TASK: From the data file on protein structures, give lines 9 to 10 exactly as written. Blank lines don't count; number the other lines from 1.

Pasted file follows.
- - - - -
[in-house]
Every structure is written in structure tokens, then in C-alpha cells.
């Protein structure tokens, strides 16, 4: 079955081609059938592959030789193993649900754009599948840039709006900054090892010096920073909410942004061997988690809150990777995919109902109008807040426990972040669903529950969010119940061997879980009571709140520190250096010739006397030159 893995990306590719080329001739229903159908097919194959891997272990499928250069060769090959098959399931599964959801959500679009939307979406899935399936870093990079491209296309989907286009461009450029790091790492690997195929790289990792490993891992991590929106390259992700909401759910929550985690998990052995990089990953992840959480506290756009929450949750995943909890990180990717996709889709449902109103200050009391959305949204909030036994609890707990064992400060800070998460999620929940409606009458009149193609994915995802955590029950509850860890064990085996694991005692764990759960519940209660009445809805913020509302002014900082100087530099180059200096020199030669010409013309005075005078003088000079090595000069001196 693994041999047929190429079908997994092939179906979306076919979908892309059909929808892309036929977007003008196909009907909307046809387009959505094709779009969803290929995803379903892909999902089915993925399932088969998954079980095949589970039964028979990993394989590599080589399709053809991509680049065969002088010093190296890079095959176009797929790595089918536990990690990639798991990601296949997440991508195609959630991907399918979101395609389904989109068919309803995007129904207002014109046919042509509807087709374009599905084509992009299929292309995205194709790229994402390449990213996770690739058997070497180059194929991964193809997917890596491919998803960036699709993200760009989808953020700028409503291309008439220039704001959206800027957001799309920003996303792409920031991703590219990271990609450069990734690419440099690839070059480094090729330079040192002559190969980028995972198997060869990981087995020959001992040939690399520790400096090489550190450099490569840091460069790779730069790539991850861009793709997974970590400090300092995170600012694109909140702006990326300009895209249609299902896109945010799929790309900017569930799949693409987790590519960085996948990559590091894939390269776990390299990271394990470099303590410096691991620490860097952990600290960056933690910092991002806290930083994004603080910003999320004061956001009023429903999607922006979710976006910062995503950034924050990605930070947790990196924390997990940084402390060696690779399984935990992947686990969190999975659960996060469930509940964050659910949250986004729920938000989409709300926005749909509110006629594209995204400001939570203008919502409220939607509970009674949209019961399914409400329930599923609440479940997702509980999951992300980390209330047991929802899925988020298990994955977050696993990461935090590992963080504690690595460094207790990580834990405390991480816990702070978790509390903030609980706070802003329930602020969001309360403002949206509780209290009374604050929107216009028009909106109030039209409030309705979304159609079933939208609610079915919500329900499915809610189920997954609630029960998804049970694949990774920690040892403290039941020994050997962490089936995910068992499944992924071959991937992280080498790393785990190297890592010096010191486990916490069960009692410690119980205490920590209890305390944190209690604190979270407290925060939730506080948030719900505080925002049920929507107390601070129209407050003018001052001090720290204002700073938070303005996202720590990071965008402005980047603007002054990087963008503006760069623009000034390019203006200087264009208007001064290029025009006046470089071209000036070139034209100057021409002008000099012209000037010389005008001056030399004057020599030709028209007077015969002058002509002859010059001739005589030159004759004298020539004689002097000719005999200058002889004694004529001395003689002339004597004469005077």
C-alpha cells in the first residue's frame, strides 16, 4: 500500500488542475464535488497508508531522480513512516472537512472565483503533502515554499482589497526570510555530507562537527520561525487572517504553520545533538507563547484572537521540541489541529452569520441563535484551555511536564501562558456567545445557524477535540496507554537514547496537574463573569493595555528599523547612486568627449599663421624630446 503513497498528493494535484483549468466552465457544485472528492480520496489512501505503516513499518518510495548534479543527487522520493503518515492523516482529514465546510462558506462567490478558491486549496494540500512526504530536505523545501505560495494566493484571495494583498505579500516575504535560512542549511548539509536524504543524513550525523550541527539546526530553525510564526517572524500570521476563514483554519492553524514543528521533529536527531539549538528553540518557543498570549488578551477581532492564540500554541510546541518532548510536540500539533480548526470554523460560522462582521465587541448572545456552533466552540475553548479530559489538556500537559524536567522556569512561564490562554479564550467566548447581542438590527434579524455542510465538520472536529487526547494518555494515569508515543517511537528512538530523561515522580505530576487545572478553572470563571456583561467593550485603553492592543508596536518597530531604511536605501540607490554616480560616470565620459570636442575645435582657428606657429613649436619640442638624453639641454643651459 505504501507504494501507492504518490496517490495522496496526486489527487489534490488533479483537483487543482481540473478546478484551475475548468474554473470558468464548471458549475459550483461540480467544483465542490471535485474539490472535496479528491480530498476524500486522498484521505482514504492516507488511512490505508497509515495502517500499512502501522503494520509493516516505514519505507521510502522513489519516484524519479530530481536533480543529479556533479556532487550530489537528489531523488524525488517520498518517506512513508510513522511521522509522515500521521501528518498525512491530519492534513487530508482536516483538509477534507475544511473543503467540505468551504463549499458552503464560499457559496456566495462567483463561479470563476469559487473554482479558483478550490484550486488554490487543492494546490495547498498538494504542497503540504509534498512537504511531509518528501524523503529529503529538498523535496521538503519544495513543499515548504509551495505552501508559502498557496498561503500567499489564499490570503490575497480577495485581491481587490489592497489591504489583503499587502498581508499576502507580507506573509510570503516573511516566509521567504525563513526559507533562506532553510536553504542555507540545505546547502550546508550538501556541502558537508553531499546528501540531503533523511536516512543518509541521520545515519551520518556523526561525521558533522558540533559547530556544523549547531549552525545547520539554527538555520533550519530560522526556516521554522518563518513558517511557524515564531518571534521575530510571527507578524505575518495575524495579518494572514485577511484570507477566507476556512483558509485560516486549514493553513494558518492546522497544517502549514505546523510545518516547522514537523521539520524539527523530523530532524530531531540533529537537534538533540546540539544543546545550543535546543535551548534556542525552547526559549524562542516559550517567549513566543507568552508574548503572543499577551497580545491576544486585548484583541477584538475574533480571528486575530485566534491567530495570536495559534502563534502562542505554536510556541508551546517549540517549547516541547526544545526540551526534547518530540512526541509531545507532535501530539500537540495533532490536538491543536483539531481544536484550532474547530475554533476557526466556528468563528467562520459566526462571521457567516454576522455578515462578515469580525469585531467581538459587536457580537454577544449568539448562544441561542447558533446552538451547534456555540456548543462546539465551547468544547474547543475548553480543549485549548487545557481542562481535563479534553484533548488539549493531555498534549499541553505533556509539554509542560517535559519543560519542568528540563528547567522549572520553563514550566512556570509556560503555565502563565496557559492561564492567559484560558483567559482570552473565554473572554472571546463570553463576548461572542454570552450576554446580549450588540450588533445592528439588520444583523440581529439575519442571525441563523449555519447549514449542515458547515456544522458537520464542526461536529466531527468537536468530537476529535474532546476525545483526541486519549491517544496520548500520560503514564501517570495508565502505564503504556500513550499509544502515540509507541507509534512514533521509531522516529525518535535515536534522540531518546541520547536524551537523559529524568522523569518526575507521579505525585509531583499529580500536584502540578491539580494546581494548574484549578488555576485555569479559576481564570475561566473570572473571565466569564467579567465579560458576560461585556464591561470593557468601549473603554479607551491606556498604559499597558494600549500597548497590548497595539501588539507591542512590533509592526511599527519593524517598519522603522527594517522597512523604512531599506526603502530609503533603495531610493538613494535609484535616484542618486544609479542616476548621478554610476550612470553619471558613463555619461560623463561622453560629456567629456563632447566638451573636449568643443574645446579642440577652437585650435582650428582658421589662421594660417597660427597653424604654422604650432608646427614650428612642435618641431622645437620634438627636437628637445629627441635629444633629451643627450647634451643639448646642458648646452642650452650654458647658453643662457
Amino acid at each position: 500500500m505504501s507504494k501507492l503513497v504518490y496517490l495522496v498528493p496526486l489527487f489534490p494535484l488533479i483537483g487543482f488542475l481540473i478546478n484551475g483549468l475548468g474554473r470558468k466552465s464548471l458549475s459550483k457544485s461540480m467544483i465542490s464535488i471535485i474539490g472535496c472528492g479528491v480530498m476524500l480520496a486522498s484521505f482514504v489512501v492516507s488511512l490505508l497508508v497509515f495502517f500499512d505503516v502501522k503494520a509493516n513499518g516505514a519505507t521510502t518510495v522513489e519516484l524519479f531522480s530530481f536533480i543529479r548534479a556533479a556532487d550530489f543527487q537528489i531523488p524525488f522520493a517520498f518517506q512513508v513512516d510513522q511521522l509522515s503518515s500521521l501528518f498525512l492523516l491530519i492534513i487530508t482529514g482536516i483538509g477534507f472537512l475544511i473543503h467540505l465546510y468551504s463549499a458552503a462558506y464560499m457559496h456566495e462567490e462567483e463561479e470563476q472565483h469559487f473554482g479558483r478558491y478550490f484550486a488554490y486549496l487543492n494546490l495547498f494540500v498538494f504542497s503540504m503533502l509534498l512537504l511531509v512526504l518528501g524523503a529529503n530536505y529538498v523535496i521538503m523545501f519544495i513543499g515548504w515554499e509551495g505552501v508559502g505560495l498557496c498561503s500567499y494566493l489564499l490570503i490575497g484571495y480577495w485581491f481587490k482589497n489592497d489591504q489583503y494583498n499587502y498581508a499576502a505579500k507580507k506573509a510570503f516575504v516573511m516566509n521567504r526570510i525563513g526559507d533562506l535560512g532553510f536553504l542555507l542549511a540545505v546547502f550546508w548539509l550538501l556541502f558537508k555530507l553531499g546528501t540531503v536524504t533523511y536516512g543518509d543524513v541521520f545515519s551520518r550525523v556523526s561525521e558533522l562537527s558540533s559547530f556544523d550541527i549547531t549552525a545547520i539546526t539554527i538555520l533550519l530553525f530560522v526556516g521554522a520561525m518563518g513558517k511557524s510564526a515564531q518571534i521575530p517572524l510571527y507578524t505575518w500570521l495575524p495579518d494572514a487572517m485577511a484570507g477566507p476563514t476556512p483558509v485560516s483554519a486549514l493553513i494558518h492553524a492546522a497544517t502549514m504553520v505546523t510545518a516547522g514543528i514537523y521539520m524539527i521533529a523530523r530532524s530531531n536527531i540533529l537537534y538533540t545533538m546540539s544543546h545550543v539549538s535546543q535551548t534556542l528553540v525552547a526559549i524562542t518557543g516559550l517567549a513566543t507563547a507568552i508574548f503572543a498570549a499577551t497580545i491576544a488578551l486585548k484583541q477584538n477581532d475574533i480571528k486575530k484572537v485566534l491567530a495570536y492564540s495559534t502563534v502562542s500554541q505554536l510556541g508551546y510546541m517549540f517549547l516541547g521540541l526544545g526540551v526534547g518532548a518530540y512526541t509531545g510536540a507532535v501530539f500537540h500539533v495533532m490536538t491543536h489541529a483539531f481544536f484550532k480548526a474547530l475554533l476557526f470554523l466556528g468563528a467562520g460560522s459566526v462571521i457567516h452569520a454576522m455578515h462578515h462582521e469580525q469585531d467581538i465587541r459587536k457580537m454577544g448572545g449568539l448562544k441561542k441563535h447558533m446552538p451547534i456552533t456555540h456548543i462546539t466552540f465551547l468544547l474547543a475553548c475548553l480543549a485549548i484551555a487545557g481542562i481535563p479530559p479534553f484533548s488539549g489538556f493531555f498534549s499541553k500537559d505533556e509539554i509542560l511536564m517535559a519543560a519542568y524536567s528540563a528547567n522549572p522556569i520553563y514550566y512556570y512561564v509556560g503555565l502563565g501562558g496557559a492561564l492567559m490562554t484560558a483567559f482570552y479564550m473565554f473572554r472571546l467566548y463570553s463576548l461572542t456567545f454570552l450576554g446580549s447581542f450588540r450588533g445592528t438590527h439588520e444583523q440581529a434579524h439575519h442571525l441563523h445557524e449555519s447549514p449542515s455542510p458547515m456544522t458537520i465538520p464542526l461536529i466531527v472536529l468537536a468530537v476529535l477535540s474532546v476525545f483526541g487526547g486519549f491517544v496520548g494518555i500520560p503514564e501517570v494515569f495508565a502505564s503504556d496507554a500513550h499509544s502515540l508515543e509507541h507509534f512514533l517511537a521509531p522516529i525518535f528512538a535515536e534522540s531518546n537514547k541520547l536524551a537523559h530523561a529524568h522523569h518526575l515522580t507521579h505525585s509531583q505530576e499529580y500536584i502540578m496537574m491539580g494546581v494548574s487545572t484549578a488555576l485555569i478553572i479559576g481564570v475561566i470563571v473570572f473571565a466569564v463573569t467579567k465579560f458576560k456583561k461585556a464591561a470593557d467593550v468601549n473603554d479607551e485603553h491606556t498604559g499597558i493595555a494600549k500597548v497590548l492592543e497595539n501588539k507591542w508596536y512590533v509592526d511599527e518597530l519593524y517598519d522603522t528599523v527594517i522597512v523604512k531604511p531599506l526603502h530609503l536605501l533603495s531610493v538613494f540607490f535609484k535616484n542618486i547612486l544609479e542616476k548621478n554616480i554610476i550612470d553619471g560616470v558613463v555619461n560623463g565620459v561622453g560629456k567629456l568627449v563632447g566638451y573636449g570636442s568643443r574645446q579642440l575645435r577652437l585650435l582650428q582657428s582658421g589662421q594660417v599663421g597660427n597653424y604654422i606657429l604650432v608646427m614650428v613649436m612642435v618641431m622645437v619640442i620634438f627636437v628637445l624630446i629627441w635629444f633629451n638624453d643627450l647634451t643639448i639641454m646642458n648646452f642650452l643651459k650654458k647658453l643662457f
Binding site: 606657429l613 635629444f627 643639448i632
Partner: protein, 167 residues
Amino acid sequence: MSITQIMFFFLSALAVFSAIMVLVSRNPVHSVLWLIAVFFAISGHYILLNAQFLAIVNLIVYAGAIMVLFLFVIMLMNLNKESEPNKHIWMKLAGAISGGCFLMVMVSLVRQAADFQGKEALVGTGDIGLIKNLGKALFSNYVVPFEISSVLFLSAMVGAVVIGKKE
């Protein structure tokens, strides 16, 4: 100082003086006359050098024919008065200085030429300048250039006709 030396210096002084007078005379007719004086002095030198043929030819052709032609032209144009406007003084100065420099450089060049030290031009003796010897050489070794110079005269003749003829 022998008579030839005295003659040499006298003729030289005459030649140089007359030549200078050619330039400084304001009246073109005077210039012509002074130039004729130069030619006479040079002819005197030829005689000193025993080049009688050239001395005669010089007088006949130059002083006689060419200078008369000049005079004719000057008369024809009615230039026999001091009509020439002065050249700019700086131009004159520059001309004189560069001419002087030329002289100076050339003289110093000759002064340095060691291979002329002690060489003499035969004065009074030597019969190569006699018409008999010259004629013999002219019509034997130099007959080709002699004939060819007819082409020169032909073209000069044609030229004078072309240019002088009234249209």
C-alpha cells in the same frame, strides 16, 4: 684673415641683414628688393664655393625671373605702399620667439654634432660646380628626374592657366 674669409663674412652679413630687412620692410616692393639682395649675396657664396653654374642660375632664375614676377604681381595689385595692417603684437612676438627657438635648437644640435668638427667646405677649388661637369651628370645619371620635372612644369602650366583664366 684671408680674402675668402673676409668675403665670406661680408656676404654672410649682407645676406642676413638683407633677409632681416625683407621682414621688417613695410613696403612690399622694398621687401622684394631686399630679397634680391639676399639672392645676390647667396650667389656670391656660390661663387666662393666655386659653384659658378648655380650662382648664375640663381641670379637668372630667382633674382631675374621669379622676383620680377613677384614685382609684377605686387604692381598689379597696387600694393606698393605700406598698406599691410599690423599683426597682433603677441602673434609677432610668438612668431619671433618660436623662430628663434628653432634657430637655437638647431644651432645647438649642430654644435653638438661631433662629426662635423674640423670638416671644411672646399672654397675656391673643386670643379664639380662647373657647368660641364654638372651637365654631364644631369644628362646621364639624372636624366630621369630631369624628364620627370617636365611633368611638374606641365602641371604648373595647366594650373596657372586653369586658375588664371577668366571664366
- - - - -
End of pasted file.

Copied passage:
């Protein structure tokens, strides 16, 4: 100082003086006359050098024919008065200085030429300048250039006709 030396210096002084007078005379007719004086002095030198043929030819052709032609032209144009406007003084100065420099450089060049030290031009003796010897050489070794110079005269003749003829 022998008579030839005295003659040499006298003729030289005459030649140089007359030549200078050619330039400084304001009246073109005077210039012509002074130039004729130069030619006479040079002819005197030829005689000193025993080049009688050239001395005669010089007088006949130059002083006689060419200078008369000049005079004719000057008369024809009615230039026999001091009509020439002065050249700019700086131009004159520059001309004189560069001419002087030329002289100076050339003289110093000759002064340095060691291979002329002690060489003499035969004065009074030597019969190569006699018409008999010259004629013999002219019509034997130099007959080709002699004939060819007819082409020169032909073209000069044609030229004078072309240019002088009234249209």
C-alpha cells in the same frame, strides 16, 4: 684673415641683414628688393664655393625671373605702399620667439654634432660646380628626374592657366 674669409663674412652679413630687412620692410616692393639682395649675396657664396653654374642660375632664375614676377604681381595689385595692417603684437612676438627657438635648437644640435668638427667646405677649388661637369651628370645619371620635372612644369602650366583664366 684671408680674402675668402673676409668675403665670406661680408656676404654672410649682407645676406642676413638683407633677409632681416625683407621682414621688417613695410613696403612690399622694398621687401622684394631686399630679397634680391639676399639672392645676390647667396650667389656670391656660390661663387666662393666655386659653384659658378648655380650662382648664375640663381641670379637668372630667382633674382631675374621669379622676383620680377613677384614685382609684377605686387604692381598689379597696387600694393606698393605700406598698406599691410599690423599683426597682433603677441602673434609677432610668438612668431619671433618660436623662430628663434628653432634657430637655437638647431644651432645647438649642430654644435653638438661631433662629426662635423674640423670638416671644411672646399672654397675656391673643386670643379664639380662647373657647368660641364654638372651637365654631364644631369644628362646621364639624372636624366630621369630631369624628364620627370617636365611633368611638374606641365602641371604648373595647366594650373596657372586653369586658375588664371577668366571664366